No sanctuary for defiant cities

By Tom Joyce - [email protected]

Tom Joyce

I don’t know what’s more irritating — the fact we have millions of illegal aliens running loose in this country, or the legions of our own citizens who see nothing wrong with having undocumented people here.

Most irritating in that regard are officials of so-called sanctuary cities who are openly defying federal law by harboring illegals with criminal records — including those who kill or otherwise victimize innocent people.

This treasonous defiance by the mayors of New York City, Chicago and others is well-documented, and this week they gained some accomplices in Des Moines, Iowa, and Phoenix, Arizona.

Officials of Des Moines Public Schools voted to allow educational facilities there to serve as “sanctuaries” for undocumented students. Their action prohibits school staff members from cooperating with federal Immigration and Customs Enforcement (ICE) authorities, stating that “schools shall not permit ICE officials to access students, their families or district staff and contractors at schools.”

School personnel also will not be able to ask about a student’s citizenship and must provide education to all regardless of immigration status.

“Youth have lost hope, they think that they can be deported at any time, or that their parents can be deported at any time,” whined a supporter of the measure, Sandra Sanchez, advocacy director of the pro-illegal immigration American Friends Service Committee’s Immigrants Voice Program.

Well, all I can say to that is waah, waah, waah — if the possibility of deportation wasn’t in the back of those parents’ minds when they illegally entered our borders in the first place, it should have been.

As if the idiocy in Des Moines wasn’t bad enough, there was another situation in Phoenix which was equally deplorable.

Protests were sparked there this week when a 36-year-old woman was sent back to Mexico after being taken into custody by ICE agents. The woman had been convicted of felony identity theft and was deported in the wake of President Trump’s executive order last month to expel undocumented immigrants who’ve committed criminal offenses.

You’d think citizens of Phoenix would be happy to get rid of such a person, but instead there were protests outside its ICE office and people tried to stop a van which was carrying the woman from crossing the border. Seven were arrested as a result.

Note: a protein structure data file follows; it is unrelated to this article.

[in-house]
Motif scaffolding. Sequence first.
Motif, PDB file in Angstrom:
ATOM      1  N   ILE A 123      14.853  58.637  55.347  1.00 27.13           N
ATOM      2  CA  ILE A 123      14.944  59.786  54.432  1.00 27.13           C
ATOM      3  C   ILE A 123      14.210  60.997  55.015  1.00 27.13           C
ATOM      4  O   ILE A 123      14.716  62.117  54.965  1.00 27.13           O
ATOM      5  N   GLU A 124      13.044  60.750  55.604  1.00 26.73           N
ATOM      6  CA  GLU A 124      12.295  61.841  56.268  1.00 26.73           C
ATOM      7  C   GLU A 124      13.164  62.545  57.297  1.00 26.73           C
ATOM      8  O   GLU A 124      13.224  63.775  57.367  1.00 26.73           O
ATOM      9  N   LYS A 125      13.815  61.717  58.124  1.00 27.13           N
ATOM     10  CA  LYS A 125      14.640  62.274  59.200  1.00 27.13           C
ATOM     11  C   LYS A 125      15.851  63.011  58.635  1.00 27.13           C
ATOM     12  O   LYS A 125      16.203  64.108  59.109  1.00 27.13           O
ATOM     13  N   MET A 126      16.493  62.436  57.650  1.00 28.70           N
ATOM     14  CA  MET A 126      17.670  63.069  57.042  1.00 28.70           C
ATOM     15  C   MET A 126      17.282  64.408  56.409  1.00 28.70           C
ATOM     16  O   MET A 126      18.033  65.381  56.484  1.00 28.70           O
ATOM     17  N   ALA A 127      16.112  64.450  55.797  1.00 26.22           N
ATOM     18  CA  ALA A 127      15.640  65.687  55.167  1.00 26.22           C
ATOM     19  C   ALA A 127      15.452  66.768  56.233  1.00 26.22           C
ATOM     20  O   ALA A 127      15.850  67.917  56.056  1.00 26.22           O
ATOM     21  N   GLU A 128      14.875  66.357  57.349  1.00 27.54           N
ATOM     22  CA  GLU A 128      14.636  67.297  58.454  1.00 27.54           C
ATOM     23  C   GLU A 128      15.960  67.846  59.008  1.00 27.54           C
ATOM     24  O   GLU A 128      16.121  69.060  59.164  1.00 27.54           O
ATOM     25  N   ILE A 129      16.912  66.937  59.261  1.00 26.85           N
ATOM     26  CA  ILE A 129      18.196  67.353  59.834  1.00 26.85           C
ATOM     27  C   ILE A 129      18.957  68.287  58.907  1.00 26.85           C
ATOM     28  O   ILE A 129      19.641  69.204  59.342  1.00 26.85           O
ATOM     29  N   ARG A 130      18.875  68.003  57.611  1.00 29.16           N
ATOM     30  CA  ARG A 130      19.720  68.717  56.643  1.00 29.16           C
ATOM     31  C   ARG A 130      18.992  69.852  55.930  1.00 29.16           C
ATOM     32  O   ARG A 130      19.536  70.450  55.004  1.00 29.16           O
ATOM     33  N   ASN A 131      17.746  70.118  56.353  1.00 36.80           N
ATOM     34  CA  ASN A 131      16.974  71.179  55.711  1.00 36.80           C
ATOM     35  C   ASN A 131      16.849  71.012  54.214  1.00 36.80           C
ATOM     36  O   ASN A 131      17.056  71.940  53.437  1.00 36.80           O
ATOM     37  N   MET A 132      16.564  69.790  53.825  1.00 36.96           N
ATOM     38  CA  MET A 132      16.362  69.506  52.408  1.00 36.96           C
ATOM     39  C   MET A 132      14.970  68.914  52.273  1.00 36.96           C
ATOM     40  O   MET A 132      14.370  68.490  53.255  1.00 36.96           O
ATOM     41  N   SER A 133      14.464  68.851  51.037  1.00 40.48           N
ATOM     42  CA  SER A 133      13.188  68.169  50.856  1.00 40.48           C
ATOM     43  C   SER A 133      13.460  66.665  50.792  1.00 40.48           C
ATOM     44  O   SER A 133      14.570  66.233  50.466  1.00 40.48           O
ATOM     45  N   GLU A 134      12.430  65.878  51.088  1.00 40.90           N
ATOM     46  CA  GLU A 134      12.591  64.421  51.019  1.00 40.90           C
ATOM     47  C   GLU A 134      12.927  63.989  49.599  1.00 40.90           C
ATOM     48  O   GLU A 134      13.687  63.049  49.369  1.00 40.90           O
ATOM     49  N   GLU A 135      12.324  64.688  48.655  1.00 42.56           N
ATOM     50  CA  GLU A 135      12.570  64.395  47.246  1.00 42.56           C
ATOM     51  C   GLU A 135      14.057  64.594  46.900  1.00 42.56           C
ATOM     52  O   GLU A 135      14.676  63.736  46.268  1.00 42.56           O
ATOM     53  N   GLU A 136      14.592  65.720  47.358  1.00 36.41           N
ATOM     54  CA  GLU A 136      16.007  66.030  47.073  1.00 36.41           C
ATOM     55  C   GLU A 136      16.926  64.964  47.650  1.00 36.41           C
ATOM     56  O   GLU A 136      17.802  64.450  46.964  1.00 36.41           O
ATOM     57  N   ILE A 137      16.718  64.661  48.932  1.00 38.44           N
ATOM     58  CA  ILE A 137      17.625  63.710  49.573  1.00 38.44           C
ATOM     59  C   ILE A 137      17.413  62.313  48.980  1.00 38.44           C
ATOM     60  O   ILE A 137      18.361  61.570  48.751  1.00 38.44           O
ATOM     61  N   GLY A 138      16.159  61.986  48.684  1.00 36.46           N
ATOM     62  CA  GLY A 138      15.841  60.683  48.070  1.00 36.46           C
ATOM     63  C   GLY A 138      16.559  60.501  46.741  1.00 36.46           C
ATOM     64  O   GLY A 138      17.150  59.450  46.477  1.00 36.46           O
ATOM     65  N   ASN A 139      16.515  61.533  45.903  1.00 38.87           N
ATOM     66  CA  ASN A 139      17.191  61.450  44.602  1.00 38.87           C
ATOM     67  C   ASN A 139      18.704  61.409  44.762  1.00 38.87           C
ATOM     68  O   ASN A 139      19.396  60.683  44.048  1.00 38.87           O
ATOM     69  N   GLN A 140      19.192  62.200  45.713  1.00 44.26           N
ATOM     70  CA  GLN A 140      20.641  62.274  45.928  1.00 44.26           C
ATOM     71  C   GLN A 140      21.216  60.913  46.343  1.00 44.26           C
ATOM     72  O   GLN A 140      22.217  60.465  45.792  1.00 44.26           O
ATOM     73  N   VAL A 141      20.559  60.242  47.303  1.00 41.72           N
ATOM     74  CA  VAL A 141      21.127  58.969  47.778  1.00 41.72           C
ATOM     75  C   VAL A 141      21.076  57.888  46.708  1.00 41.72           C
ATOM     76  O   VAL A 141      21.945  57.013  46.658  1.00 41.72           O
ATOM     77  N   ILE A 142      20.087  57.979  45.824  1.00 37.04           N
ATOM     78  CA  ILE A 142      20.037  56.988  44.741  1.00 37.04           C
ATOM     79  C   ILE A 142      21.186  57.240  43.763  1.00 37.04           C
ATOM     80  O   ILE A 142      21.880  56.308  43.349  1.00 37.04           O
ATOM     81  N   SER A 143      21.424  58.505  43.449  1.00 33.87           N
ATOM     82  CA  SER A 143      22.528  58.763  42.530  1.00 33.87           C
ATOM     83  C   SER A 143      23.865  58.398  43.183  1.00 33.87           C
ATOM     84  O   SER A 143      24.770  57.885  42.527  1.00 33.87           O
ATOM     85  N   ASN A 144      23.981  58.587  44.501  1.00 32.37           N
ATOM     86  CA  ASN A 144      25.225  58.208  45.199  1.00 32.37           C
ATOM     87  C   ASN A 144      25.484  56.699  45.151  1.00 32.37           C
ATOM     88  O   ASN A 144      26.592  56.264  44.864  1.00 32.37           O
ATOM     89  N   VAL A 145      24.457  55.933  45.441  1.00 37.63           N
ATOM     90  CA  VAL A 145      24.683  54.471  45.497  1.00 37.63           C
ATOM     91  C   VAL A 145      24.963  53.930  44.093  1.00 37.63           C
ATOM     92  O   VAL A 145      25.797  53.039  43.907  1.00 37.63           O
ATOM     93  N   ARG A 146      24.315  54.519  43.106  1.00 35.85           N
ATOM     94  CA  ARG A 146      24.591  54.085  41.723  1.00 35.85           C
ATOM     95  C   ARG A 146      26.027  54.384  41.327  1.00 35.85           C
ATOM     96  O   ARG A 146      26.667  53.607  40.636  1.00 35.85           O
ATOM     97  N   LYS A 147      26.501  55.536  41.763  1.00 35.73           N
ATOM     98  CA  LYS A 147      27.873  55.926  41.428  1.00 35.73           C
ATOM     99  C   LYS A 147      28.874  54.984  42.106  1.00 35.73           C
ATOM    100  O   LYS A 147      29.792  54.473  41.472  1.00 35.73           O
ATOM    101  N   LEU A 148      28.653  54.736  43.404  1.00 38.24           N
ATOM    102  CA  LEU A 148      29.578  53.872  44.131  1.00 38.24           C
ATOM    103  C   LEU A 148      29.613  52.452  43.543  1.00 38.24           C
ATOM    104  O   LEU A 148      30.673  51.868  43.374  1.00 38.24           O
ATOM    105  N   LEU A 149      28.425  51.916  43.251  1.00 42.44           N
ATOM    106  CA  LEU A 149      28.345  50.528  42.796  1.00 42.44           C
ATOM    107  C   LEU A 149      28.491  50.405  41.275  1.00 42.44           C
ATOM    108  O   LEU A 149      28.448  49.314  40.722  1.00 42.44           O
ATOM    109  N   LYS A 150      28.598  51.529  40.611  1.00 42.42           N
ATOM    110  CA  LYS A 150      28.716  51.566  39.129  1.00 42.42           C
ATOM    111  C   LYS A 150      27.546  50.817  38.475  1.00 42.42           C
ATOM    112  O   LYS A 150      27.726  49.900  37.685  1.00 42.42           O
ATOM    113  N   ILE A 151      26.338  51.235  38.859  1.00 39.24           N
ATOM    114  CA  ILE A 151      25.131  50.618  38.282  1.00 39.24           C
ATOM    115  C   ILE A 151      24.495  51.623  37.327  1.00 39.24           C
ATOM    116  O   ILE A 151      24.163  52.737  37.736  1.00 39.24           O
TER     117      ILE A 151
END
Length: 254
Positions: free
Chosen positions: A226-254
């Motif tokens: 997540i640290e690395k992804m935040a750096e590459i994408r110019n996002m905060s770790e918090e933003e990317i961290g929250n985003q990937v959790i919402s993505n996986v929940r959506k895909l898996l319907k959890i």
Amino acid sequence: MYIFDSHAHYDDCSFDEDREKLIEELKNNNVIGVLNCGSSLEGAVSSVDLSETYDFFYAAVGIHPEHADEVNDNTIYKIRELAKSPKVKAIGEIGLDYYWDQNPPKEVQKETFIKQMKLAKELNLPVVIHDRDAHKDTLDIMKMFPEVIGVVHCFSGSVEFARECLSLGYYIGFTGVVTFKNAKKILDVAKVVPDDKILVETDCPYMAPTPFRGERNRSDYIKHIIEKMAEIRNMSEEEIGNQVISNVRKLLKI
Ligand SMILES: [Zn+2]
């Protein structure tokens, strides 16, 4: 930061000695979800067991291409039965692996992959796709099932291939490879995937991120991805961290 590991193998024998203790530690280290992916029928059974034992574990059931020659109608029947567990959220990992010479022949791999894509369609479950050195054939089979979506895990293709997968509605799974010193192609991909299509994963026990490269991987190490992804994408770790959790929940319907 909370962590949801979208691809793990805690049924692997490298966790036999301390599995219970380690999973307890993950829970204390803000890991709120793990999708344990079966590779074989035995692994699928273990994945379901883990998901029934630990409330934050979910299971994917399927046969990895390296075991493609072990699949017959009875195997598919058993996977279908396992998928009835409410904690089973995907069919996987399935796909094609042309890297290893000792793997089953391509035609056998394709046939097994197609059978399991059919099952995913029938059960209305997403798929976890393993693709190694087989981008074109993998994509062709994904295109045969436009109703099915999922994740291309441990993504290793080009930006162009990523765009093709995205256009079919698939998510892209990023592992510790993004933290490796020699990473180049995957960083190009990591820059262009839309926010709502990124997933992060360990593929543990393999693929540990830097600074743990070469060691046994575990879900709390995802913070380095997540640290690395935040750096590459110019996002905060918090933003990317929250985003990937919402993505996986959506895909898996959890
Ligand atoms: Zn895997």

I wonder how many of those protesters would act so leniently and caring if a legal American resident had stolen their identities, as the deportee had?

This week’s events in Iowa and Arizona further punctuate the fact that a sense of madness is running rampant in the U.S. whereby right is now wrong, up is now down, etc.

It’s one thing for misguided protesters to so willingly hit the streets to protect people who’ve not only entered the country illegally, but engaged in more crimes while here. Americans certainly have differing philosophical views about illegal immigrants and how far we should go to help them (or not).

Yet it’s thoroughly inexcusable for mayors and other elected officials of major cities to oppose federal immigration authorities by maintaining safe havens for illegals who’ve committed major offenses.

I mean, these people held up their hands and took an oath to obey the laws when assuming office, and here they are picking and choosing which to actually follow based on their flavor-of-the-month political views.

President Trump is absolutely right in threatening to deny federal funding to these sanctuary cities, and I submit that he should go even farther to cut the defiant ones off at their knees.

I advocate sending National Guard troops to those places to (a) assure that illegals who have committed crimes are detained or deported according to the law and (b) arrest or shoot anyone who tries to prevent that.

Of course, this conjures up those days when the National Guard was mobilized in states such as Alabama and Mississippi to ensure African-American students could attend school or civil rights advocates could march.

That was certainly a justifiable action, and I believe a similar hard-line stance toward sanctuary cities is needed just as much today.

While it was important to allow minority kids to access their right to an equal public education, it is also vital to ensure sanctuary cities aren’t able to shield criminals who deserve to be imprisoned or deported rather than running free and threatening society.

Tom Joyce is a staff writer for The Mount Airy News. He may be reached at 336-415-4693 or on Twitter @Me_Reporter.

Tom Joyce Joyce

By Tom Joyce

[email protected]

comments powered by Disqus